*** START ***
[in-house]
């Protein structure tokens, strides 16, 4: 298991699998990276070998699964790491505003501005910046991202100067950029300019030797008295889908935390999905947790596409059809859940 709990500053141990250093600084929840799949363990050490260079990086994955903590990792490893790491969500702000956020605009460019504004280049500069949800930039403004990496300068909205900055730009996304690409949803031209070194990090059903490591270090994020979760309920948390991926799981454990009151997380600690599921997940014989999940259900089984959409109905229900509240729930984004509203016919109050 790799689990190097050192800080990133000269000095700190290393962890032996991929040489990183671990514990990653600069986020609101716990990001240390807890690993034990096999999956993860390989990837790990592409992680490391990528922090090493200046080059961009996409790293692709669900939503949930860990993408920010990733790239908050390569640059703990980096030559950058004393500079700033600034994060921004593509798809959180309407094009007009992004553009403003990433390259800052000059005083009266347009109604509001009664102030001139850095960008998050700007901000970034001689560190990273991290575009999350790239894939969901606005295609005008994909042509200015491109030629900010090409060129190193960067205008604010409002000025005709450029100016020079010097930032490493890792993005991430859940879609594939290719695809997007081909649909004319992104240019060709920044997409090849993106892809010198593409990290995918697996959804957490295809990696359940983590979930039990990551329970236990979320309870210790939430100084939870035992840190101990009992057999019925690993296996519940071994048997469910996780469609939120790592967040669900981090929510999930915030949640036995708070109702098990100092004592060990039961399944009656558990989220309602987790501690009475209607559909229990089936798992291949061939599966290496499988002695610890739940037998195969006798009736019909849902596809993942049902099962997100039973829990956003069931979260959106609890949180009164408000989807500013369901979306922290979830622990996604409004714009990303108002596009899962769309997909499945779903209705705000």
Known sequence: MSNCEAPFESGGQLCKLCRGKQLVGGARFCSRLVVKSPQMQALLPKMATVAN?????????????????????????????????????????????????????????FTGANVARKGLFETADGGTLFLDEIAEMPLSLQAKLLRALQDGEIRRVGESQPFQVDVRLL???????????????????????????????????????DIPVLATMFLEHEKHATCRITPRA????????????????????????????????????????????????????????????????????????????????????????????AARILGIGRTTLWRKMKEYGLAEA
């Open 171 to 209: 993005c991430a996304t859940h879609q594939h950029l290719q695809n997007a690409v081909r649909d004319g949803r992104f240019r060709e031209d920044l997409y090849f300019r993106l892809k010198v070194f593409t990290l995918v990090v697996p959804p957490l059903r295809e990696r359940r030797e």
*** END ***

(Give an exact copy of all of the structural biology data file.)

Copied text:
[in-house]
């Protein structure tokens, strides 16, 4: 298991699998990276070998699964790491505003501005910046991202100067950029300019030797008295889908935390999905947790596409059809859940 709990500053141990250093600084929840799949363990050490260079990086994955903590990792490893790491969500702000956020605009460019504004280049500069949800930039403004990496300068909205900055730009996304690409949803031209070194990090059903490591270090994020979760309920948390991926799981454990009151997380600690599921997940014989999940259900089984959409109905229900509240729930984004509203016919109050 790799689990190097050192800080990133000269000095700190290393962890032996991929040489990183671990514990990653600069986020609101716990990001240390807890690993034990096999999956993860390989990837790990592409992680490391990528922090090493200046080059961009996409790293692709669900939503949930860990993408920010990733790239908050390569640059703990980096030559950058004393500079700033600034994060921004593509798809959180309407094009007009992004553009403003990433390259800052000059005083009266347009109604509001009664102030001139850095960008998050700007901000970034001689560190990273991290575009999350790239894939969901606005295609005008994909042509200015491109030629900010090409060129190193960067205008604010409002000025005709450029100016020079010097930032490493890792993005991430859940879609594939290719695809997007081909649909004319992104240019060709920044997409090849993106892809010198593409990290995918697996959804957490295809990696359940983590979930039990990551329970236990979320309870210790939430100084939870035992840190101990009992057999019925690993296996519940071994048997469910996780469609939120790592967040669900981090929510999930915030949640036995708070109702098990100092004592060990039961399944009656558990989220309602987790501690009475209607559909229990089936798992291949061939599966290496499988002695610890739940037998195969006798009736019909849902596809993942049902099962997100039973829990956003069931979260959106609890949180009164408000989807500013369901979306922290979830622990996604409004714009990303108002596009899962769309997909499945779903209705705000």
Known sequence: MSNCEAPFESGGQLCKLCRGKQLVGGARFCSRLVVKSPQMQALLPKMATVAN?????????????????????????????????????????????????????????FTGANVARKGLFETADGGTLFLDEIAEMPLSLQAKLLRALQDGEIRRVGESQPFQVDVRLL???????????????????????????????????????DIPVLATMFLEHEKHATCRITPRA????????????????????????????????????????????????????????????????????????????????????????????AARILGIGRTTLWRKMKEYGLAEA
């Open 171 to 209: 993005c991430a996304t859940h879609q594939h950029l290719q695809n997007a690409v081909r649909d004319g949803r992104f240019r060709e031209d920044l997409y090849f300019r993106l892809k010198v070194f593409t990290l995918v990090v697996p959804p957490l059903r295809e990696r359940r030797e």